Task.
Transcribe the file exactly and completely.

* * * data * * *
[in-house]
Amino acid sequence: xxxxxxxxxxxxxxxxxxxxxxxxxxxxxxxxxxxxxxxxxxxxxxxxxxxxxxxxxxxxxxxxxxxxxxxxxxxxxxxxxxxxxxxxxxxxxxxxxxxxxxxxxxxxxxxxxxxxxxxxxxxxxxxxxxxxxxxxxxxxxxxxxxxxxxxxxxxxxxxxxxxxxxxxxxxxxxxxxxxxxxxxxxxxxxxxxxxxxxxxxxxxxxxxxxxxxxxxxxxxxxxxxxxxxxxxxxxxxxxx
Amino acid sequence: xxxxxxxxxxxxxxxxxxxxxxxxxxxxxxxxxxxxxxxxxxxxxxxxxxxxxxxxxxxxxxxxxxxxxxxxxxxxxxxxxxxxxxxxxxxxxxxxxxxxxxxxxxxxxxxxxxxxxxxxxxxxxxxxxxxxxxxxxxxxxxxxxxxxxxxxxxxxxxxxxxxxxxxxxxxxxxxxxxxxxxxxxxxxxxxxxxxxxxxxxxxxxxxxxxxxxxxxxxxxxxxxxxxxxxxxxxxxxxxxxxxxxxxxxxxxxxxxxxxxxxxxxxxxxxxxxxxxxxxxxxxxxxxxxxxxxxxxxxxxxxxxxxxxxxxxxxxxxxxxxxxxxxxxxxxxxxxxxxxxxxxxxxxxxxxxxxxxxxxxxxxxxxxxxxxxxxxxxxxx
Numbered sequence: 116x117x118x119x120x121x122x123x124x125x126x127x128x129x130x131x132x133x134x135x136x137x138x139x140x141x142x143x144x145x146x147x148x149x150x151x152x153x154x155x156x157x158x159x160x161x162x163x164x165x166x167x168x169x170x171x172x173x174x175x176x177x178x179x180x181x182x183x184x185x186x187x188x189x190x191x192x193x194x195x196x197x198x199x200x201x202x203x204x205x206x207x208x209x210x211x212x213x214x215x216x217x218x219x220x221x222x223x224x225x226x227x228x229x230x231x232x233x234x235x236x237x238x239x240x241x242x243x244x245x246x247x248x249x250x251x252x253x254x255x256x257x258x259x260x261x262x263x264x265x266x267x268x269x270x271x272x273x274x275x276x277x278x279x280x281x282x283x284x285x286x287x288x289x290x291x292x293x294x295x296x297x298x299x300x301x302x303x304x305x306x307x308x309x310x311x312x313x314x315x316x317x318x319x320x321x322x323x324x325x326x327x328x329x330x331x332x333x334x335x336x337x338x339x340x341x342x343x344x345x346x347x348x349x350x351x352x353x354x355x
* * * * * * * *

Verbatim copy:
[in-house]
Amino acid sequence: xxxxxxxxxxxxxxxxxxxxxxxxxxxxxxxxxxxxxxxxxxxxxxxxxxxxxxxxxxxxxxxxxxxxxxxxxxxxxxxxxxxxxxxxxxxxxxxxxxxxxxxxxxxxxxxxxxxxxxxxxxxxxxxxxxxxxxxxxxxxxxxxxxxxxxxxxxxxxxxxxxxxxxxxxxxxxxxxxxxxxxxxxxxxxxxxxxxxxxxxxxxxxxxxxxxxxxxxxxxxxxxxxxxxxxxxxxxxxxxx
Amino acid sequence: xxxxxxxxxxxxxxxxxxxxxxxxxxxxxxxxxxxxxxxxxxxxxxxxxxxxxxxxxxxxxxxxxxxxxxxxxxxxxxxxxxxxxxxxxxxxxxxxxxxxxxxxxxxxxxxxxxxxxxxxxxxxxxxxxxxxxxxxxxxxxxxxxxxxxxxxxxxxxxxxxxxxxxxxxxxxxxxxxxxxxxxxxxxxxxxxxxxxxxxxxxxxxxxxxxxxxxxxxxxxxxxxxxxxxxxxxxxxxxxxxxxxxxxxxxxxxxxxxxxxxxxxxxxxxxxxxxxxxxxxxxxxxxxxxxxxxxxxxxxxxxxxxxxxxxxxxxxxxxxxxxxxxxxxxxxxxxxxxxxxxxxxxxxxxxxxxxxxxxxxxxxxxxxxxxxxxxxxxxxx
Numbered sequence: 116x117x118x119x120x121x122x123x124x125x126x127x128x129x130x131x132x133x134x135x136x137x138x139x140x141x142x143x144x145x146x147x148x149x150x151x152x153x154x155x156x157x158x159x160x161x162x163x164x165x166x167x168x169x170x171x172x173x174x175x176x177x178x179x180x181x182x183x184x185x186x187x188x189x190x191x192x193x194x195x196x197x198x199x200x201x202x203x204x205x206x207x208x209x210x211x212x213x214x215x216x217x218x219x220x221x222x223x224x225x226x227x228x229x230x231x232x233x234x235x236x237x238x239x240x241x242x243x244x245x246x247x248x249x250x251x252x253x254x255x256x257x258x259x260x261x262x263x264x265x266x267x268x269x270x271x272x273x274x275x276x277x278x279x280x281x282x283x284x285x286x287x288x289x290x291x292x293x294x295x296x297x298x299x300x301x302x303x304x305x306x307x308x309x310x311x312x313x314x315x316x317x318x319x320x321x322x323x324x325x326x327x328x329x330x331x332x333x334x335x336x337x338x339x340x341x342x343x344x345x346x347x348x349x350x351x352x353x354x355x